I’m Celia Rocamora, one of the volunteers in session 5. I know I’ve already told you how grateful I am for this opportunity and how it’s been a life changing experience. I had heard many people say Barretstown changes your life but until I experienced it I couldn’t realise how true this is. Barretsown makes you see the world in a different perspective and, for some reason, challenges don’t feel so challenging after you’ve met all the amazing children and caras.
My first day at camp, when the children weren’t in Barretstown yet, I felt a bit anxious. I started to doubt myself and I didn’t know if I had what it takes to be a good cara. When I met the kids, I completely forgot about this thoughts. Being a good cara for this kids just felt natural! One of the most life changing moments was when I met one particular camper, the blind kid in my cottage. The great thing about Barretstown is that he wasn’t “the blind kid” anymore, he was just himself. Sometimes we even forgot he was blind because we were so used to him being able to do almost everything by himself! When I first met him, I was teaching the kids some magic tricks with wool and some of them were making bracelets. He asked me for a piece of wool and told me he knew how to make bracelets with knots. After I gave it to him he said “I like making bracelets but I don’t really care if the colours match!” and he started to roar with laughter. I’ve had lots of magic moments with most of the kids but I think I’ll hear this words in my head every time I don’t know how to deal with something. Actually, I’ve spent ten minutes reading this paragraph over and over again to try to find a way to describe what I felt in that moment but I just can’t find a fair way to express it. I guess most of the people would feel sad for him, and of course it’s sad he can’t see but I think that was a 5% of what I felt. He looked so happy to be there, so confident and so awesome! I felt amazement, simpathy, affect and most of all I felt happy to have the chance to meet him and all the kids and caras.
I’m sure you have received loads of messages from the children and their families telling you how grateful they are but I would like to share with you a few moments that made me see the impact Barretstown makes in their lives. On my second day, some of the children asked me if I got paid for working in Barretstown and they couldn’t understand why I was there if I didn’t get any money. I asked them what they expected from Barretstown and told them I expected the same thing so I didn’t need a paycheck. On our last day we were talking about what they wanted to become when they grew up. One of the kids who, at first, didn’t understand why I was working without getting paid said “I’d like to be either a doctor or a volunteer”. This made me realise the impact we make on this kids. But little do they know they make a bigger impact on us!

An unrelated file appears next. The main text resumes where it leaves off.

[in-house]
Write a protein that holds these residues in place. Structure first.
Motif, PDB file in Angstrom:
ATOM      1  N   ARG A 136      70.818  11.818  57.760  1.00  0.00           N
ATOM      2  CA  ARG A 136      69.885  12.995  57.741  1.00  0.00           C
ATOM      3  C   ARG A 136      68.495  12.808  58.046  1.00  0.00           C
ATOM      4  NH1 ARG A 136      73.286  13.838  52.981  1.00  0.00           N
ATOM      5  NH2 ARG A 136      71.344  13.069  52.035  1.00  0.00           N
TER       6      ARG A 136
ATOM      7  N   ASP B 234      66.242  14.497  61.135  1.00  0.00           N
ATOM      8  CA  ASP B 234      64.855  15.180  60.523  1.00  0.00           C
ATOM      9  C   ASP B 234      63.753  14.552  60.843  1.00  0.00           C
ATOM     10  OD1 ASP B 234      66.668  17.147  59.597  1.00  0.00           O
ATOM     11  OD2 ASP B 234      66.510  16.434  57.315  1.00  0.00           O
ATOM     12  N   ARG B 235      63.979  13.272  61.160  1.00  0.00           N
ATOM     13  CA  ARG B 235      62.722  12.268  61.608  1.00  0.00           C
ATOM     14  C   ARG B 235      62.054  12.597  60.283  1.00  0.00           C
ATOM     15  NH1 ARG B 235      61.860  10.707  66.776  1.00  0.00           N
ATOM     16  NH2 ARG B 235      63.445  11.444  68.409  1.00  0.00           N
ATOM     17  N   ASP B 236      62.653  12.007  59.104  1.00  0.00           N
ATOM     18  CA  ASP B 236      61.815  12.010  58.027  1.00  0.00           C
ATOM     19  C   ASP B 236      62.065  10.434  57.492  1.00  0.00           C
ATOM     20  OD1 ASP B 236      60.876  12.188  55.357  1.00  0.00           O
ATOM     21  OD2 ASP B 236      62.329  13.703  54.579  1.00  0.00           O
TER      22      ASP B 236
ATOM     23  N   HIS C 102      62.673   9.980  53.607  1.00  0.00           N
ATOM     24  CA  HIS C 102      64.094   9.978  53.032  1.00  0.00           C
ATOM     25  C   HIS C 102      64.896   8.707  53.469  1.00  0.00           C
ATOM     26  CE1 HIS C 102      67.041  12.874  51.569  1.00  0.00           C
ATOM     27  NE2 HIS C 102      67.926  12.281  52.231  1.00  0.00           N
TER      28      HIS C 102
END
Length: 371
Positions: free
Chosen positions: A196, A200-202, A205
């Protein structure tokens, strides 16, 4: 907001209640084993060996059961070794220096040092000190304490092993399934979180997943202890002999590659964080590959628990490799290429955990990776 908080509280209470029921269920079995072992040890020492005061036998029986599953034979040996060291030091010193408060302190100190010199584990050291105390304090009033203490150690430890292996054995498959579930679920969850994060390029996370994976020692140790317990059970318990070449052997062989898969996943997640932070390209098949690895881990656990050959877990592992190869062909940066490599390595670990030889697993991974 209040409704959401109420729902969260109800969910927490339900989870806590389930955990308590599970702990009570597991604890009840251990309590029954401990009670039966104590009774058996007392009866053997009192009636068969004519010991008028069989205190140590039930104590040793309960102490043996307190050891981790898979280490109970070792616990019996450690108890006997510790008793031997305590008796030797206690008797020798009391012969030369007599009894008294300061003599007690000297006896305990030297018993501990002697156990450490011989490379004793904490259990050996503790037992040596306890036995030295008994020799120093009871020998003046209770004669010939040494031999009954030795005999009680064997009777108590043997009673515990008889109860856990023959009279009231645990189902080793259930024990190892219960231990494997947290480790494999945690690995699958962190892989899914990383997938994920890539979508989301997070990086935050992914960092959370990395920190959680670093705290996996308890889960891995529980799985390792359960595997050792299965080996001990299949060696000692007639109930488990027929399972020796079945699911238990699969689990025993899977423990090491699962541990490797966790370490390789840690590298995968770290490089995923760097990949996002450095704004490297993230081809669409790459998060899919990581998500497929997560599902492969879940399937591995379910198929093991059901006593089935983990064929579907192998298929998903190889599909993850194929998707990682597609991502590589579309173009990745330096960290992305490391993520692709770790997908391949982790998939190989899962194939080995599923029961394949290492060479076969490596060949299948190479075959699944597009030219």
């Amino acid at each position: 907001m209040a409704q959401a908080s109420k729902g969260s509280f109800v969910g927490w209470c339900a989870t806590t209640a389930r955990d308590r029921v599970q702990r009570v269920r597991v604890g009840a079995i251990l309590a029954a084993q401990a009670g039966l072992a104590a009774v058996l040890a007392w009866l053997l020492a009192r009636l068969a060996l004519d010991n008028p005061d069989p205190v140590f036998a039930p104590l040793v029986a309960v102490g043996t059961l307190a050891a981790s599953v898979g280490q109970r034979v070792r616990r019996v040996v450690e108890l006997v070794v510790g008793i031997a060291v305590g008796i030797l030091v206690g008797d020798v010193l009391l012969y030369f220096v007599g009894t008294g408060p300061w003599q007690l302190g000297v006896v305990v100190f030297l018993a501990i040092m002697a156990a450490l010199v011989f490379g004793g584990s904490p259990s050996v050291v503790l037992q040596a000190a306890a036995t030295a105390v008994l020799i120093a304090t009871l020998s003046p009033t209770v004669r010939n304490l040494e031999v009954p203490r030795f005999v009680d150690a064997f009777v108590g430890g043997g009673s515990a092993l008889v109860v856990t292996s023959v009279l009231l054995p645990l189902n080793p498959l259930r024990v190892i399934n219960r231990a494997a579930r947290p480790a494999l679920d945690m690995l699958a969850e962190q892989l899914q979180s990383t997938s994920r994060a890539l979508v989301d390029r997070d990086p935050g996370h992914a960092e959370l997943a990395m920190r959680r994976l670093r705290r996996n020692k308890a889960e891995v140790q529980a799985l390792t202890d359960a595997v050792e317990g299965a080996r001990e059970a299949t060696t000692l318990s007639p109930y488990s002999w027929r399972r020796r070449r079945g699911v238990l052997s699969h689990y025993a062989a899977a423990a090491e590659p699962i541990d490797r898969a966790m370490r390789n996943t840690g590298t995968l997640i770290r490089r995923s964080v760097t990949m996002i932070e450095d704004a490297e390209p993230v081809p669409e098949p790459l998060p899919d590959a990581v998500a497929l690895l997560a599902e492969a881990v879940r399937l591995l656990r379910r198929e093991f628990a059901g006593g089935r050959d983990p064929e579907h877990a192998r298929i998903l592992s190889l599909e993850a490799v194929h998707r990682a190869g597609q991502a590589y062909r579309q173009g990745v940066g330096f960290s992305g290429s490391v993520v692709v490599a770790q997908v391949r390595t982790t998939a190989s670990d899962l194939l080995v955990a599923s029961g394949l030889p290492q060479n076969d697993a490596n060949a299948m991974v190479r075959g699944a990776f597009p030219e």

I could be writing about all the amazing moments I had with the kids and caras for ages but I’ll just tell you a few more that happened at the airport. As Barretstown is the charity of the year, there are loads of moneyboxes in the airport. I wasn’t a chaperone but I was on the same flight as the kids from Madrid so I helped the chaperones and enjoyed the last hours I would be spending with the kids. Erika, one of the Spanish girls said “If I had 30 €, I would put 10 € in that moneybox so loads of other children could go to Barretstown and enjoy it as much as I have”. Some of the kids took some money from their wallets and put it in one of the moneyboxes. I wanted to share this with you because all the volunteers and full time staff have made this possible and it didn’t seem fair to keep this “thank you” moment at the airport to myself.
I really hope I can go back some time soon. There aren’t enough words to describe what Barretstown has meant to me. I will never thank you enough for letting me be a part of it. Barretstown makes a difference in kids’ lives but also in grown ups’ lives. Thank you!